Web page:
Constantly distracted by the intriguing vending machines that flicker in the distance – we hand them Yen with a bow and two handed exchange, as we’ve become accustomed.
Greeted by the smell of hundreds of food stalls, we watch cans of sake float in steaming water and sit along the main parade strip to play cards on the chilled pavement.
Fireworks light up the sky every 15 minutes from 5:30 to 10, somehow no less surprising, just as captivating, more incredible each time.
Intricately carved floats lined in embroiled tapestries and lit by dim lanterns in the distance, simply beautiful … and tugged by long, thick rope and the hands of hundreds of young adults, they soon become symbols of celebration. The people jump and run towards each other, a giant muddle of limbs, distant chanting becoming shouts of WASSHOI. We yelled it back excitedly before asking the group beside us what it meant:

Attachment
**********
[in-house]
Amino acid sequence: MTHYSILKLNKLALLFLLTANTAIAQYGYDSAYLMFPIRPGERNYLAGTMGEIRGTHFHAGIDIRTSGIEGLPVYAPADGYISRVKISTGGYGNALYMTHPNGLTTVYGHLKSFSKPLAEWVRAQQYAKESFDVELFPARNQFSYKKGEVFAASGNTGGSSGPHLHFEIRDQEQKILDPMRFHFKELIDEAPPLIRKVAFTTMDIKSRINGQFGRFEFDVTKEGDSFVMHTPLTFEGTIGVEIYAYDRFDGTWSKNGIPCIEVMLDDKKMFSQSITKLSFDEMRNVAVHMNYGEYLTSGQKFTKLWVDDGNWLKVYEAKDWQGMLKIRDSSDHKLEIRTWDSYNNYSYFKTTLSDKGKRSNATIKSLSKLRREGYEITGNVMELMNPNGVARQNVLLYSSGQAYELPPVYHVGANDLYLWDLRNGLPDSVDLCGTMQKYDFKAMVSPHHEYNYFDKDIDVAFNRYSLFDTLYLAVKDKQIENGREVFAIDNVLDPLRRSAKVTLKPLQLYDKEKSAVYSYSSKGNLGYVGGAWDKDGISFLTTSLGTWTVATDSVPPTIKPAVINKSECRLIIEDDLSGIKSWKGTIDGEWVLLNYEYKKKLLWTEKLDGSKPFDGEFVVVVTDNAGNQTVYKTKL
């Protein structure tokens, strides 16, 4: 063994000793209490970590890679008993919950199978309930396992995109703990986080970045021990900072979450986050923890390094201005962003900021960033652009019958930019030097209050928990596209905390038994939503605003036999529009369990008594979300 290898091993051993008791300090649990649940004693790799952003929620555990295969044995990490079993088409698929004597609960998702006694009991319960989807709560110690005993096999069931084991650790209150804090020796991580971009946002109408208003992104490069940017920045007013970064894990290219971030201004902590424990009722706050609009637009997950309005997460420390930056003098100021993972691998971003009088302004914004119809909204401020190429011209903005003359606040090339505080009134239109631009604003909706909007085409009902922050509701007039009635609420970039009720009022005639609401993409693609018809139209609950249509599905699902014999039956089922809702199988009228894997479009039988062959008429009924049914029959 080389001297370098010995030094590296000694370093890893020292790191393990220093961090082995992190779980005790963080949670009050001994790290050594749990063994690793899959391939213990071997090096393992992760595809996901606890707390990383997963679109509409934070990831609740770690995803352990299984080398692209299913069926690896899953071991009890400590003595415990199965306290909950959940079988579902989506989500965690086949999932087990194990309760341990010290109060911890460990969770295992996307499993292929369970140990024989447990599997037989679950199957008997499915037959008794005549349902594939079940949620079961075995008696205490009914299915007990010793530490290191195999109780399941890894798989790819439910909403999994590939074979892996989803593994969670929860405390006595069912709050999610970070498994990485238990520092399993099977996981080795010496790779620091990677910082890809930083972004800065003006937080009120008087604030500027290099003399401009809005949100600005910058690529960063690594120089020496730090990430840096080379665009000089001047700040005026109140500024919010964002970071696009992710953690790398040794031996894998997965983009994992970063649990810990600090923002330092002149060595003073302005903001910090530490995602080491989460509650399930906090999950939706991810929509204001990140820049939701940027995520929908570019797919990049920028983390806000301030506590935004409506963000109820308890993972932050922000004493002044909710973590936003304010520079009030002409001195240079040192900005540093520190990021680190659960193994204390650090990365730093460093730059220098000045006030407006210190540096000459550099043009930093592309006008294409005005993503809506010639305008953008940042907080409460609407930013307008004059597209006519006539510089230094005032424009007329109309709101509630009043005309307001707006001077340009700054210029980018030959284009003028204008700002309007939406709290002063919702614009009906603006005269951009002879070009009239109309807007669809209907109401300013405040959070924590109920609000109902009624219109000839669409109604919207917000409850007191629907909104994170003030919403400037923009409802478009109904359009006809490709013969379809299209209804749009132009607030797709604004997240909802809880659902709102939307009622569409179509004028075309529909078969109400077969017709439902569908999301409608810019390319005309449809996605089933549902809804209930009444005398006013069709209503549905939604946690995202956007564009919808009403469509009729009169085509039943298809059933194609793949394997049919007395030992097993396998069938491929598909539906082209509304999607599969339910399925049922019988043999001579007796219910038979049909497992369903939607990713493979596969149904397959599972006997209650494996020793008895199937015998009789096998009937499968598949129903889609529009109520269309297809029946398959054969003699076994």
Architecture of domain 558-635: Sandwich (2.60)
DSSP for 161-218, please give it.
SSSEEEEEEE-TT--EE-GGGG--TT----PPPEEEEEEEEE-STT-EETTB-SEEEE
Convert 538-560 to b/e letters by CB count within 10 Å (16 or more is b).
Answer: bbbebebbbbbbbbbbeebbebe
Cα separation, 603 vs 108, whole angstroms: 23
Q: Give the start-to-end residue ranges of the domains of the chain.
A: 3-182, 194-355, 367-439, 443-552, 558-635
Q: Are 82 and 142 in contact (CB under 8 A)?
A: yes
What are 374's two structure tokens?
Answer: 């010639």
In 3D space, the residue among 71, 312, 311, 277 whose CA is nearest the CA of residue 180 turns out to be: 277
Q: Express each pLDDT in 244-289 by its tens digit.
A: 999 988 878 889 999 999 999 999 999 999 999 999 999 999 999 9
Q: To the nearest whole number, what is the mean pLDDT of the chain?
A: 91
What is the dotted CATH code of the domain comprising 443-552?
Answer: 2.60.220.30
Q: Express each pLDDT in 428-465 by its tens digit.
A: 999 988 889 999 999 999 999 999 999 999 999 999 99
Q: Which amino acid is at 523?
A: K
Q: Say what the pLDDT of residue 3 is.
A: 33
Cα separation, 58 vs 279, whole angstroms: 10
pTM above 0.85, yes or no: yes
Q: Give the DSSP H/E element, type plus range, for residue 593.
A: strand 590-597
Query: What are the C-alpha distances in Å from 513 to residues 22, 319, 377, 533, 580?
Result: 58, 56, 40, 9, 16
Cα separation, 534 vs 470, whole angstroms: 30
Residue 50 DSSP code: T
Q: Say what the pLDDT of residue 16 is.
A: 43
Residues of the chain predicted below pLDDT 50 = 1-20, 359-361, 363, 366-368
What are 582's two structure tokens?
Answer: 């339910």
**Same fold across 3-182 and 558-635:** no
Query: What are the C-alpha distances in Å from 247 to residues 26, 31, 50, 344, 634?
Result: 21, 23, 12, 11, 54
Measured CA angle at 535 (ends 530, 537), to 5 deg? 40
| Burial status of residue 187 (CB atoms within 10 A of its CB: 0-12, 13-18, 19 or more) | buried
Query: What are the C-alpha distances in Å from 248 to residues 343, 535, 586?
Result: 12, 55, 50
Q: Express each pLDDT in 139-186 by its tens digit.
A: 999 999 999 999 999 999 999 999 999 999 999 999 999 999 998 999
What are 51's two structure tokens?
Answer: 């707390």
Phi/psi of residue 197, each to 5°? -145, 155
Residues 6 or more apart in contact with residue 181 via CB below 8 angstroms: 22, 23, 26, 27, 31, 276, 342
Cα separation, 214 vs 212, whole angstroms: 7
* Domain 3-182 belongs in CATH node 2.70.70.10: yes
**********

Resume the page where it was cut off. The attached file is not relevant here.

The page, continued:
“No one is sure – it is a word for celebrating!”
We bounced with the chants to defeat the cold.
Sight spotted with the memory of glowing lanterns, we line up in a sea of impressively orderly commuters. Train windows shake with the last shimmering blasts of the night. Wedged in the carriage, doing nothing to hold myself up – I am not even sure if my feet are still touching the ground.
// Chichibu Night Festival, December 3